I argue that the last goodbye can be a beautiful thing, rather than a sad affair. Perhaps in twenty years you'll run into your old friend at an airport and know that the randomness of the universe brought you together again, and that's a lot more profound than maintaining a Snap streak just for the sake of it.

Caffè e Conversazione

Anyone who has gone through the process of learning a new language knows that it is a huge commitment. Even a week without practice can set you back a month in terms of understanding, so constant practice is necessary to improve and retain what you learn.

So, imagine me - strolling into a conversation group after 6 months of no Italian (aside from the occasional arbitrary thought in the language). As a member of Baccano Italian Club here on campus, I am expected to be a leader, a teacher, etc. But as I sat in Crimson & Whipped Cream sipping on hot tea, I could physically feel the mental strain of trying to remember vocabulary words and conjugations, piecing together thoughts in strange fragments. I found myself filling in gaps with words from Spanish, my second native language. I essentially created my own language, Spanglishtalian.

On the positive, I had a fabulous time. It was neat to reawaken the part of my brain associated with language learning, to refresh my memory by crowdsourcing knowledge from the new friends surrounding me. My own favorite part of conversation groups is the mix of people, everyone from native speakers and professors of Italian to those who haven't yet conjugated a verb in their beginner class. It fosters a great notion of collaboration, helpfulness, and the pure joy of learning and conversing with other humans.

We do our best, switch into English when necessary, and experience the odd sensation of telling familiar stories with new words.

The group at the most recent Coffee & Conversation event.

Different state of mind

A lesson I learned in Ireland: you can't escape your own head.

As much as you may wish that the presence of fresh baguettes or drizzling rain or cafes on every corner will free you of worry and woe, the truth is that it may - and probably will - not. I had this mindset. A change of scenery does you good, they say. And though this is certainly true for those who are simply bored of their well-traveled circumstances, it is not for those whose discomfort arises from their own inner demons. Maybe I didn't realize it till I was on the plane. Or till I laid in bed for three days straight during winter study week, surviving on biscuits and water.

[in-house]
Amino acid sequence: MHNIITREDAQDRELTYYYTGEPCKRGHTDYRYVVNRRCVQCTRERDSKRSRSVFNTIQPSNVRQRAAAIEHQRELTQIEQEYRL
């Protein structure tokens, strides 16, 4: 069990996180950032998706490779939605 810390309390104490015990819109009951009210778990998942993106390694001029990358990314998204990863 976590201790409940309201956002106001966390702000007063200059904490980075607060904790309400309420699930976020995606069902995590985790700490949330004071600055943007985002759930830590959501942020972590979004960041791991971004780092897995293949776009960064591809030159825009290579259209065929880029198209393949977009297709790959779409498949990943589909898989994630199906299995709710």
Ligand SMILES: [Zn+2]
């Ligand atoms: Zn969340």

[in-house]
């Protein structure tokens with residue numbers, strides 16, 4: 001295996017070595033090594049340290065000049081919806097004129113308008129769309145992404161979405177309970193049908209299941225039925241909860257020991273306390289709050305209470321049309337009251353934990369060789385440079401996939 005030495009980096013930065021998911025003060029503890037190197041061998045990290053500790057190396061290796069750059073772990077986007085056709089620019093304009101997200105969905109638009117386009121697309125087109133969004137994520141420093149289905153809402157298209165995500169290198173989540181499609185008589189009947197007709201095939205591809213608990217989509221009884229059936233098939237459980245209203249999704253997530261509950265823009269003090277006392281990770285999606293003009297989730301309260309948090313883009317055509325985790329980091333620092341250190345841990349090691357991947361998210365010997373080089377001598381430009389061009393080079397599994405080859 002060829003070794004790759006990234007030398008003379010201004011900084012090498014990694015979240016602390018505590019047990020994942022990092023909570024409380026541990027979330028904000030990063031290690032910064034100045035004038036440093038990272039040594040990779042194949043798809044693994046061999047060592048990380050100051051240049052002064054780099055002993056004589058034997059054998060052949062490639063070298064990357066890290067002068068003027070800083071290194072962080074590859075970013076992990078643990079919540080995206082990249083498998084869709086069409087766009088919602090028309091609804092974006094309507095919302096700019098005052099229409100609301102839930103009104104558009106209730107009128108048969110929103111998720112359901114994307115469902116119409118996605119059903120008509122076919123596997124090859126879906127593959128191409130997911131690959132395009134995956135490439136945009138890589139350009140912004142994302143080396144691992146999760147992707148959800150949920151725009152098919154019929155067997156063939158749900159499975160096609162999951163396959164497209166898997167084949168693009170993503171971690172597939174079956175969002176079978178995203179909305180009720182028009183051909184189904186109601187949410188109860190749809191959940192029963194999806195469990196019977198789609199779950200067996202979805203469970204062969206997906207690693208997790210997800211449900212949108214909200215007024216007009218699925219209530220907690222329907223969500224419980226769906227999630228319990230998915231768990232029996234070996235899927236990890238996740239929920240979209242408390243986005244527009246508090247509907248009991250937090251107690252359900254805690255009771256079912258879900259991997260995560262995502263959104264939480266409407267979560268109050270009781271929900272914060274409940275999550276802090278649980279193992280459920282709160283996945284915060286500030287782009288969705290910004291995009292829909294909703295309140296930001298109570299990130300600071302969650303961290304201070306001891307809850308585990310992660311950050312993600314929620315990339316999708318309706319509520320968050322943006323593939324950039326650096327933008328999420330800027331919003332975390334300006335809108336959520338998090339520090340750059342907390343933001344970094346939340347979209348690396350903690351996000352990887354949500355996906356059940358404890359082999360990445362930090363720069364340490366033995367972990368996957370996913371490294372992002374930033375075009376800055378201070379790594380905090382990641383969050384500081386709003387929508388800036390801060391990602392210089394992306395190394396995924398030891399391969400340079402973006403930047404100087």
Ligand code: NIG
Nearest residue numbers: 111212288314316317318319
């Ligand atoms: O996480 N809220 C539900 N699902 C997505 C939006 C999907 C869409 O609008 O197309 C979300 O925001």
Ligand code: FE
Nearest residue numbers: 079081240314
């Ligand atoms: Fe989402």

This new bedroom, this new city, this "new me" (I had chosen a brand-new nickname with which to call myself) was not doing the trick. I still had the same negative thoughts as before, the same self-punishing mental tendencies. Just in a new place.

The world - in its purest sense, as a malformed sphere on which to exist - can't save you. Moving away and coming back nine months later helped me realize what I really needed to thrive. Motivation, companionship, sunshine. Talking out my thoughts on forums such as these (I'm bad at keeping a journal), decorating my room with everything that represents me (I couldn't accumulate stuff abroad - that would be silly), going for late night drives with an epic soundtrack (I didn't have a car in Ireland).

Distancing myself from what I thought were causes of my restlessness and lack of motivation also left me stranded from the very things that made me happy. And I was left a little bit broken, of my own doing. I suppose the lesson here is to firstly, count your blessings and secondly, realize that being in a new place will change you - just perhaps not in the way you expected or hoped for. Which is not to say you shouldn't do it; quite the contrary. Leaving parts of myself behind in Oklahoma meant I learned more about myself abroad than I thought I could've. And those parts were still waiting for me when I returned, ready to be pieced back together to make me whole again.